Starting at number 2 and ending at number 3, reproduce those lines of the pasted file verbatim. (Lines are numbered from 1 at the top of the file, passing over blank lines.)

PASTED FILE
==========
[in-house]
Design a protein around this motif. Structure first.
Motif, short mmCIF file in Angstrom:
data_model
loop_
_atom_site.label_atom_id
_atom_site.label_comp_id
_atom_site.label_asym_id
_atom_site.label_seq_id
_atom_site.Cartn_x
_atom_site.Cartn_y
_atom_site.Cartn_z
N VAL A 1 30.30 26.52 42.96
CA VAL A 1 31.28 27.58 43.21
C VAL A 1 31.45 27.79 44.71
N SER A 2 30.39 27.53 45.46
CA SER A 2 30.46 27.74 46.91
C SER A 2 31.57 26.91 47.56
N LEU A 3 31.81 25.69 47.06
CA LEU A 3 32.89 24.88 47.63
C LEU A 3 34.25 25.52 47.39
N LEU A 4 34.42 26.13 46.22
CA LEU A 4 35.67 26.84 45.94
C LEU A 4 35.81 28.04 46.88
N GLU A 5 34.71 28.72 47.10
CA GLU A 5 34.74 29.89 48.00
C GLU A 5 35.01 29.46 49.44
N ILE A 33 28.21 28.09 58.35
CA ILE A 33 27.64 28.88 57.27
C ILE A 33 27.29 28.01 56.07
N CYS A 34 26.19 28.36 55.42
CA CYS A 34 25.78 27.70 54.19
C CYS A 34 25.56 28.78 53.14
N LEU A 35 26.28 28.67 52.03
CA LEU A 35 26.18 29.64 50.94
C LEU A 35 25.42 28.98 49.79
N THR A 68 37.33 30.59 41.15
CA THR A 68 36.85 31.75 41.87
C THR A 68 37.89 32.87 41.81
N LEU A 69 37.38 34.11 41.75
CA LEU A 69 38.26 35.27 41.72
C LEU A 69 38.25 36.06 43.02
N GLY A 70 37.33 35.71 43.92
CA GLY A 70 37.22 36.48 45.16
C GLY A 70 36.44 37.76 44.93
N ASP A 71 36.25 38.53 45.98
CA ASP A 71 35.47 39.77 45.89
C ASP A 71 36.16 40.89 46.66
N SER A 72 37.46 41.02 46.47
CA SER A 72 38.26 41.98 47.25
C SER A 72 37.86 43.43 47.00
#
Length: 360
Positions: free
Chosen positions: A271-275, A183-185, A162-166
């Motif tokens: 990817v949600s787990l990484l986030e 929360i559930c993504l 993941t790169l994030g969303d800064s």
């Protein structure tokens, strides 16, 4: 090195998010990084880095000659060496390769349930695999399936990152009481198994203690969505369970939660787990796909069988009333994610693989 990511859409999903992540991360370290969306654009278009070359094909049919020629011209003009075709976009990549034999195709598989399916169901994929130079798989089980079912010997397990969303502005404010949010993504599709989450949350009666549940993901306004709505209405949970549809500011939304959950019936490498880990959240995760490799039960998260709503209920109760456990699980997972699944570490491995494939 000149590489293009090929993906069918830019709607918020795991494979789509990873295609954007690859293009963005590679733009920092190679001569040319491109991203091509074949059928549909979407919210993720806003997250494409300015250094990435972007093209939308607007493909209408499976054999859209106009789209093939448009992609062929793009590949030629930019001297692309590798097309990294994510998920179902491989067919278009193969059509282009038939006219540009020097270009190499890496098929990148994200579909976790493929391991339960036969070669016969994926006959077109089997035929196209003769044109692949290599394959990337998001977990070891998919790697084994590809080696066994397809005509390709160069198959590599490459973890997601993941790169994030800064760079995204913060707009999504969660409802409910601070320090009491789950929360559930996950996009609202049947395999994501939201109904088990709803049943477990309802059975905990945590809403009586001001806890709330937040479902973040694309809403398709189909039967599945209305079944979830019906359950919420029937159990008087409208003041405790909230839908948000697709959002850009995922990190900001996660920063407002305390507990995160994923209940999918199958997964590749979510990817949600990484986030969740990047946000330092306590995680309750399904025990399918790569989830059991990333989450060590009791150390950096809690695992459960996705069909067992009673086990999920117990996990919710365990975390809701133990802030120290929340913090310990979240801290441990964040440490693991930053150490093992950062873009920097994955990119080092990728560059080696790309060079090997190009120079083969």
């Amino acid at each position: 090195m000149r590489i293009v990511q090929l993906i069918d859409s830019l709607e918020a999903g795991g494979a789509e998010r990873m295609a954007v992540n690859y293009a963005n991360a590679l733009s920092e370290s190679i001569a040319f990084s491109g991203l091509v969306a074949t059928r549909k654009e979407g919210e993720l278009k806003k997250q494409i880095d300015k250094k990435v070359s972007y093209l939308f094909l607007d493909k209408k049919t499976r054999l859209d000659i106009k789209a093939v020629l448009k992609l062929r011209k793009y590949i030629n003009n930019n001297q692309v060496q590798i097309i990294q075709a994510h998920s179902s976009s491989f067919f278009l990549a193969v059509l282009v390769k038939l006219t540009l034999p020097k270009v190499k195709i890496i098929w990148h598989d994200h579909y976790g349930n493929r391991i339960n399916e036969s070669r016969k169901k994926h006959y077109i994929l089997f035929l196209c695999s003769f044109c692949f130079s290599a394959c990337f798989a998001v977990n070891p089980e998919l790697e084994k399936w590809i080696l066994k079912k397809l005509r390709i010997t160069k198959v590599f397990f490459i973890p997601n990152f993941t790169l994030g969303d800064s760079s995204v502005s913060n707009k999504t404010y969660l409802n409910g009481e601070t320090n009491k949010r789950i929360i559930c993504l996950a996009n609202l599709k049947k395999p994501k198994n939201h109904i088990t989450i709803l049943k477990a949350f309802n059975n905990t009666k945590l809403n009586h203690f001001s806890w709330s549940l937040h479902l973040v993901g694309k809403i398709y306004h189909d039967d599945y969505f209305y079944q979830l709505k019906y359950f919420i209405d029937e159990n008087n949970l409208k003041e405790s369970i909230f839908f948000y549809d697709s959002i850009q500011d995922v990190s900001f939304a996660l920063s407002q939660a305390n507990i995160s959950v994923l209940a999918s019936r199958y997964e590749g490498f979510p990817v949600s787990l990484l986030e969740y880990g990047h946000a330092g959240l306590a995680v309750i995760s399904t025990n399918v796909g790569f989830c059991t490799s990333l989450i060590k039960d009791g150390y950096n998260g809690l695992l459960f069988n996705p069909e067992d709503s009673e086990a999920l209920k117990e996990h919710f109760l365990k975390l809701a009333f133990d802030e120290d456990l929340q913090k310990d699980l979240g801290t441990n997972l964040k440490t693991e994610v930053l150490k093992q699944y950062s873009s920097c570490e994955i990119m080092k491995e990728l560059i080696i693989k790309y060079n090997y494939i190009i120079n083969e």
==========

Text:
Design a protein around this motif. Structure first.
Motif, short mmCIF file in Angstrom: